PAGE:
Toggle content

Catch Chart

Commercial catch of Dusky Flathead - note confidential catch not shown

Toggle content

References

  1. Broadhurst, MK, Gray, CA, Young, DJ, and Johnson, DD 2003, Relative efficiency and size selectivity of bottom-set gill-nets for dusky flathead, Platycephalus fuscus and other species in New South Wales, Australia, Fishery and Marine Research, 50: 289–302.
  2. Broadhurst, MK, Millar, RB, and Brand, CP 2009, Mitigating discard mortality from dusky flathead Platycephalus fuscus gillnets, Diseases of Aquatic Organisms, 85: 157–166.
  3. Butcher, PA, Broadhurst, MK and Cairns, SC 2008, Mortality and physical damage of angled and released dusky flathead Platycephalus fuscus, Diseases of Aquatic Organisms, 81: 127–134.
  4. Conron S., Giri K, Hamer P and Hall K 2016, Gippsland Lakes Fishery Assessment 2016. Fisheries Victoria Science Report Series No. 14
  5. Conron, SD and Oliveiro, P 2016, State-wide Angler fishing Diary Program 2011–14 Recreational Fishing Grants Program Research Report June 2016. Department of Economic Development, Jobs, Transport and Resources, Queenscliff. 45 pp.
  6. Conron, SD, Bell, JD, Ingram, BA and Gorfine, HK 2020, Review of key Victorian fish stocks — 2019, Victorian Fisheries Authority Science Report Series No. 15, First Edition, November 2020. VFA: Queenscliff. 176pp.
  7. Conron, SD, Grixti D and Morison AK 2010, Survival of snapper and black bream released by recreational hook-and-line fishers in sheltered coastal temperate ecosystems. Final report to Fisheries Research and Development Corporation Project No. 2003/074. Department of Primary Industries, Queenscliff, Victoria.
  8. Department of Primary Industries 2020, NSW DPI Commercial catch records, New South Wales Department of Primary Industries, Sydney. 
  9. Gray, CA and Barnes, LM 2015. Spawning, maturity, growth and movement of Platycephalus fuscus (Cuvier, 1829) (Platycephalidae):fishery management considerations. Journal of Applied Ichthyology 31(3), 442–450.
  10. Gray, CA, Broadhurst, MK, Johnson, DD and Young, DJ 2005, Influences of hanging ratio, fishing height, twine diameter and material of bottom-set gillnets on catches of dusky flathead Platycephalus fuscus and non-target species in New South Wales, Australia, Fisheries Science, 71: 1217–1228.
  11. Hamer, P, Conron, S, and Simpson K 2019. Victorian Dusky Flathead symposium and recreational fishery online survey 2018. Recreational Fishing Grants Program Research Report.
  12. Henry, GW and Lyle JM, 2003, The National Recreational and Indigenous Fishing Survey. Tasmanian Aquaculture and Fisheries Institute, Hobart. FRDC 99/158
  13. Hicks T, Kopf RK, Humphries P 2015, Fecundity and egg quality of dusky flathead (Platycephalus fuscus) in East Gippsland, Victoria. Institute for Land Water and Society, Charles Sturt University. Report number 94. Prepared for the Recreational Fishing Grants Program, Fisheries Victoria. The State of Victoria Department of Economic Development, Jobs, Transport and Resources. Pp. 1–34. ISBN 978-1-86-467279-4.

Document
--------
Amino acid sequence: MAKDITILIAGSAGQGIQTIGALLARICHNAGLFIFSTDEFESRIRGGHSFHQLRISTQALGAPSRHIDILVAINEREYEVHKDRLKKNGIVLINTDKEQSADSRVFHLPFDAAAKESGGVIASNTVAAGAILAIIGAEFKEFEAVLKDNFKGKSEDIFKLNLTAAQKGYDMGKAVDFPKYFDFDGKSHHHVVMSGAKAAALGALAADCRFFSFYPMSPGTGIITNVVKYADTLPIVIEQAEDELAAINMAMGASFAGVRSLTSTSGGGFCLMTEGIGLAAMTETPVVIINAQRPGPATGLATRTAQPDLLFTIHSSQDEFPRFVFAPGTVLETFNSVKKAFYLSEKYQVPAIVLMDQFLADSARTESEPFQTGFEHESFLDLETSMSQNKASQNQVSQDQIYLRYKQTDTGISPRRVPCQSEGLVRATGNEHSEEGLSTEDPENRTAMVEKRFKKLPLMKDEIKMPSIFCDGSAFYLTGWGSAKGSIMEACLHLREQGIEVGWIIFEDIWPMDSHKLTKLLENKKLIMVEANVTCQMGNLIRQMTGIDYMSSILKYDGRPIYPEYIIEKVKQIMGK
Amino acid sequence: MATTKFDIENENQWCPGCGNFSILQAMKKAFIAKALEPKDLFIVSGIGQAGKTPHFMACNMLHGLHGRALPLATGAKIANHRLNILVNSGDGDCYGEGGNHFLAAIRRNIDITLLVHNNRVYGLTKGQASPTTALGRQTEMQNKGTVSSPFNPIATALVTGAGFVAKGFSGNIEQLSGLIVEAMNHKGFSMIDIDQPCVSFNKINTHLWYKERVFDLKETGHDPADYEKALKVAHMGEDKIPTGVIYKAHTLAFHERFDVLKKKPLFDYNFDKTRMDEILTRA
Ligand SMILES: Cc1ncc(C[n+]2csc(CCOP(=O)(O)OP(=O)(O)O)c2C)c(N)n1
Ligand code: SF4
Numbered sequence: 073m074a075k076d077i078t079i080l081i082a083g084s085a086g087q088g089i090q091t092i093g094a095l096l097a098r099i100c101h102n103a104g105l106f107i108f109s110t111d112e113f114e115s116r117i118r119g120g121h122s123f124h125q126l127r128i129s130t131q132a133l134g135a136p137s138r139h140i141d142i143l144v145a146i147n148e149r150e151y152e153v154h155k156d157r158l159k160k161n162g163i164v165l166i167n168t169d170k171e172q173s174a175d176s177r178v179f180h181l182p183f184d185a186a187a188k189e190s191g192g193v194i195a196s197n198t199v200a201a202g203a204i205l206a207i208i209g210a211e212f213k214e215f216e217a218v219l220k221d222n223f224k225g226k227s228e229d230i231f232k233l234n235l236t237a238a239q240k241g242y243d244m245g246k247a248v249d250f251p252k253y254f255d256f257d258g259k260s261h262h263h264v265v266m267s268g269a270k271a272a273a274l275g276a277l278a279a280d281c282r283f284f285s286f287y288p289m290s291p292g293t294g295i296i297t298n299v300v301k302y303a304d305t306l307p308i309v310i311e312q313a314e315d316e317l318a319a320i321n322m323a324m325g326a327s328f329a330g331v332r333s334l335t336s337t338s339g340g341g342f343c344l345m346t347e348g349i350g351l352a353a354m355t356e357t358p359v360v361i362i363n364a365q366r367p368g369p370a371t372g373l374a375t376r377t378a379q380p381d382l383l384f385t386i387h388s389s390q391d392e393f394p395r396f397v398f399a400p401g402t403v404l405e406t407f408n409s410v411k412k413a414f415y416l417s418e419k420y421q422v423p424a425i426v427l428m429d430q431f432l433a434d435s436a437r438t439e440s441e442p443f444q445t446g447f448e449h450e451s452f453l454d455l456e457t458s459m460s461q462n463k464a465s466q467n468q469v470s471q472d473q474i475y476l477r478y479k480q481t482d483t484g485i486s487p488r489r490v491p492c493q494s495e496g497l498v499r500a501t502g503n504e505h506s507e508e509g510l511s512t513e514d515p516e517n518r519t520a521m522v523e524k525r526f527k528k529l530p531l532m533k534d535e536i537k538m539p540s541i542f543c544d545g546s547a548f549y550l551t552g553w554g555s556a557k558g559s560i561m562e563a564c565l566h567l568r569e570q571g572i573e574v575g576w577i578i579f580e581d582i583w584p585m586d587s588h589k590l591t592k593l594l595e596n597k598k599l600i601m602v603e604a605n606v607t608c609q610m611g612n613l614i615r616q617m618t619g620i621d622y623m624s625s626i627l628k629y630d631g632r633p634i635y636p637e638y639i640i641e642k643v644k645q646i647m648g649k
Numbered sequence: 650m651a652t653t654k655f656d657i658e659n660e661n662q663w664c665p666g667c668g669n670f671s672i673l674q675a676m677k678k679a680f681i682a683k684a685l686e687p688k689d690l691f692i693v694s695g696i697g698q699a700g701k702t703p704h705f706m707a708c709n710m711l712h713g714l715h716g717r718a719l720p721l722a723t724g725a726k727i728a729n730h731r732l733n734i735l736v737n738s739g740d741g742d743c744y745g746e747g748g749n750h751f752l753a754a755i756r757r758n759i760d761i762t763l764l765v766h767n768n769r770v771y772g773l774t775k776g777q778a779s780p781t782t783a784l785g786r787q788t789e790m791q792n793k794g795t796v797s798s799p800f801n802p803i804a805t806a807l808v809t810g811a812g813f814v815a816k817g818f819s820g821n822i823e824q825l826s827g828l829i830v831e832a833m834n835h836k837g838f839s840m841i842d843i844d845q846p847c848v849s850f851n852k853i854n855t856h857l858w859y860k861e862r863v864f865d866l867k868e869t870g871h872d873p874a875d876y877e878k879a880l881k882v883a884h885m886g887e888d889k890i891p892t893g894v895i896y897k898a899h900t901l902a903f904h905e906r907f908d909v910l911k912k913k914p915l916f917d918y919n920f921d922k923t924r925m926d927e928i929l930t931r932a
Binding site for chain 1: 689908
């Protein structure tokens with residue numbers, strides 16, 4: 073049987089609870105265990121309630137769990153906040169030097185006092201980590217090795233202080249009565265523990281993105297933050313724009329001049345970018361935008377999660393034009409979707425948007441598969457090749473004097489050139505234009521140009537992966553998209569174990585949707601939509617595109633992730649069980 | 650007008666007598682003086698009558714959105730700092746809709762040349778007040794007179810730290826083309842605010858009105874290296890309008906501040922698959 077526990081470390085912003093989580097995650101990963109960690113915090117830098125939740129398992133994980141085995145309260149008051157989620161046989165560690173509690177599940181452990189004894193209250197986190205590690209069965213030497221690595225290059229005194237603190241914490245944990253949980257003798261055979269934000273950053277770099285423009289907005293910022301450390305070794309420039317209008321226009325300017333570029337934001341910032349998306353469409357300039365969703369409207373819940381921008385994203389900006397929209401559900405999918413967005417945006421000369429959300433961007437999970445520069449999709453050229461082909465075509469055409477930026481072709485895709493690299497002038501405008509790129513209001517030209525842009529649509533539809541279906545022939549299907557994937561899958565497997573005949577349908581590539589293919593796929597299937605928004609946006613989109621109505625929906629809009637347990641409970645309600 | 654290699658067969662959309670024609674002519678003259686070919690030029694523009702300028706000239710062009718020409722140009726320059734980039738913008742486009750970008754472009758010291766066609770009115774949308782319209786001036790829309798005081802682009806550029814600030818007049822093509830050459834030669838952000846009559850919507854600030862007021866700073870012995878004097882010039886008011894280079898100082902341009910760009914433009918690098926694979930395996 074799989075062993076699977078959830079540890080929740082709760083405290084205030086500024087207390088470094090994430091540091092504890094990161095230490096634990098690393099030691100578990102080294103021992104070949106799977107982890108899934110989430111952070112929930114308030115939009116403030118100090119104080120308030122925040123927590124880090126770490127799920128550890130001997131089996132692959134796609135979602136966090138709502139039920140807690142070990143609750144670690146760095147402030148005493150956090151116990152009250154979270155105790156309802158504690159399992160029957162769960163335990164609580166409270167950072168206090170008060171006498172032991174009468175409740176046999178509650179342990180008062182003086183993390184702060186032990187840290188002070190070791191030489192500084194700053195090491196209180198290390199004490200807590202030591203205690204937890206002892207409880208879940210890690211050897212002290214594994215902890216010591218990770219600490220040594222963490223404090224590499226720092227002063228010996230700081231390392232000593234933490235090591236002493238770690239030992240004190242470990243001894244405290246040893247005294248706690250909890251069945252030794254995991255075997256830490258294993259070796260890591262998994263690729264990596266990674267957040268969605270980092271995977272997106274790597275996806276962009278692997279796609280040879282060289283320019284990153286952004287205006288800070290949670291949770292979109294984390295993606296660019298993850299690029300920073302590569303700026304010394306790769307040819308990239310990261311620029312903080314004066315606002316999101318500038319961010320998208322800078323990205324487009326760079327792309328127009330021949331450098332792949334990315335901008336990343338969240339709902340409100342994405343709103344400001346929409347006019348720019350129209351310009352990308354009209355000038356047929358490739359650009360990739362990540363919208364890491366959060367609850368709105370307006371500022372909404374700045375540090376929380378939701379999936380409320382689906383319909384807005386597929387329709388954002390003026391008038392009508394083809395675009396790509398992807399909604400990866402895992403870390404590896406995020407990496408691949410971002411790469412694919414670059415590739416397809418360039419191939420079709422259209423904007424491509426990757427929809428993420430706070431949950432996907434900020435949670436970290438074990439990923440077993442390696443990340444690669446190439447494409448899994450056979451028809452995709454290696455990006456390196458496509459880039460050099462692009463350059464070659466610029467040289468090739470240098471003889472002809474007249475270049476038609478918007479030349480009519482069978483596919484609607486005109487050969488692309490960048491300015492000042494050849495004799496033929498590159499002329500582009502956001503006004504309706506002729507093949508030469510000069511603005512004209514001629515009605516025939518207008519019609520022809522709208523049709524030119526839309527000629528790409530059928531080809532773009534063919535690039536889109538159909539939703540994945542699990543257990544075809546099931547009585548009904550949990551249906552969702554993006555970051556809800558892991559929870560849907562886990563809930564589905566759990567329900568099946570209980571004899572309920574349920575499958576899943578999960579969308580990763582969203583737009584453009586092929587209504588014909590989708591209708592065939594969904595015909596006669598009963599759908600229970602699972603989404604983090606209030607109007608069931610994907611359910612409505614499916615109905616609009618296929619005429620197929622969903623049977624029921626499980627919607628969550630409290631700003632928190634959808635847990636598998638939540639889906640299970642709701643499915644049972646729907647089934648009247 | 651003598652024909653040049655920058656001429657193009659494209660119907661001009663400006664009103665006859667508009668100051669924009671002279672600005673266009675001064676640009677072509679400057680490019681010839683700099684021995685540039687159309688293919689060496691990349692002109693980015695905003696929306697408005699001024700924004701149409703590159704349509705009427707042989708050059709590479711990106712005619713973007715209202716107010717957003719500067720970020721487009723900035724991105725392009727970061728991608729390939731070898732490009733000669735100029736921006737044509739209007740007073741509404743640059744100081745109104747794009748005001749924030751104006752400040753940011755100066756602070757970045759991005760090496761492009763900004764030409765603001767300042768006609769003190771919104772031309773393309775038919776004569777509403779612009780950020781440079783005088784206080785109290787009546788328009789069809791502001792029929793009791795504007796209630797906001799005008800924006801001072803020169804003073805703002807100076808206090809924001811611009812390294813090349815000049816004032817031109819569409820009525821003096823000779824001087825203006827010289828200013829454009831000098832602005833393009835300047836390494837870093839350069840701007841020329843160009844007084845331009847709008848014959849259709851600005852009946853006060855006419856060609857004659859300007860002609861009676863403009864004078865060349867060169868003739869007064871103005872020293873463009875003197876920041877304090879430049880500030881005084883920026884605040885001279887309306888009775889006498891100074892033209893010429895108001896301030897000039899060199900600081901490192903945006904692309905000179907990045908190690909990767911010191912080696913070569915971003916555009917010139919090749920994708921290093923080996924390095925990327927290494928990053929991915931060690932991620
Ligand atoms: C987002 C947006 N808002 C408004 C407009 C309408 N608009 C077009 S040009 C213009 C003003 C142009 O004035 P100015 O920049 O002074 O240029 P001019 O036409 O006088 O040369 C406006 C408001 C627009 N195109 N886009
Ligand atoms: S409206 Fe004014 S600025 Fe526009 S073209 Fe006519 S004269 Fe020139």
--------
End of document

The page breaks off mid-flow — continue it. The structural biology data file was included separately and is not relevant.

14. Ingram, BA, Hall, K, and Conron, S 2016, Recreational fishery assessment 2016 – small eastern estuaries. Recreational Fishing Grants Program Research Report, Victorian Government, Department of Economic Development, Jobs, Transport and Resources.
  15. Kailola, PJ, Williams, MJ, Stewart, PC, Reichelt, RE, McNee, A and Grieve, C 1993, Australian Fisheries Resources, Bureau of Rural Resources and the Fisheries Research and Development Corporation, Canberra, Australia.
  16. Kemp, J, Bruce, T, Conron, S, Bridge, N, MacDonald, M and Brown, L 2013, Gippsland Lakes (non‐bream) fishery assessment 2011, Fisheries Victoria assessment report series no. 67, Fisheries Victoria, Victoria.
  17. Leigh, GM, Yang, WH, O'Neill, MF, McGilvray, JG and Wortmann, J 2019, Stock assessments of bream, whiting and flathead (Acanthopagrus australis, Sillago ciliata and Platycephalus fuscus) in South East Queensland, Technical Report, State of Queensland.
  18. McGilvray, J, Broadhurst, M, and Hamer, P, 2018, Dusky Flathead Platycephalus fuscus, in Carolyn Stewardson, James Andrews, Crispian Ashby, Malcolm Haddon, Klaas Hartmann, Patrick Hone, Peter Horvat, Stephen Mayfield, Anthony Roelofs, Keith Sainsbury, Thor Saunders, John Stewart, Simon Nicol and Brent Wise (eds) 2018, Status of Australian fish stocks reports 2018, Fisheries Research and Development Corporation, Canberra.
  19. Moreton Bay Seafood Industry Association 2012, Moreton Bay tunnel net fishery code of best practice.
  20. Murphy, JJ, Ochwada-Doyle, FA, West, LD, Stark, KE and Hughes, JM 2020, The NSW Recreational Fisheries Monitoring Program - survey of recreational fishing, 2017/18. NSW DPI - Fisheries Final Report Series No. 158.
  21. Pollock, BR 2015, The annual spawning aggregation of Dusky Flathead Platycephalus fuscus at Jumpinpin, Queensland. Proceedings of the Royal Society of Queensland.
  22. QFish, Department of Agriculture and Fisheries, www.qfish.gov.au
  23. Taylor, MD, Becker, A, Quinn, J, Lowry, MB, Fielder, S and Knibb, W 2020. Stock structure of dusky flathead (Platycephalus fuscus) to inform stocking management. Marine and Freshwater Research 71, 13782–1383.
  24. Then, AY, Hoenig, NJ, Hall, NG, Hewitt, DA 2014, Evaluating the predictive performance of empirical estimators of natural mortality rate using information on over 200 fish species. ICES Journal of Marine Science.
  25. Uhlmann, SS and Broadhurst, MK 2015, Mitigating unaccounted fishing mortality in gillnets and traps. Fish and Fisheries, 16: 183−229.
  26. Webley, J, McInnes, K, Tiexiera, D, Lawson, A and Quinn R 2015, Statewide Recreational Fishing Survey 2013–14, Department of Agriculture and Fisheries, Queensland.
  27. West, LD, Stark, KE, Murphy, JJ, Lyle JM and Doyle, FA 2015, Survey of recreational fishing in New South Wales and the ACT, 2013/14. Fisheries Final Report Series. 

Downloadable reports

Click the links below to view reports from other years for this fish.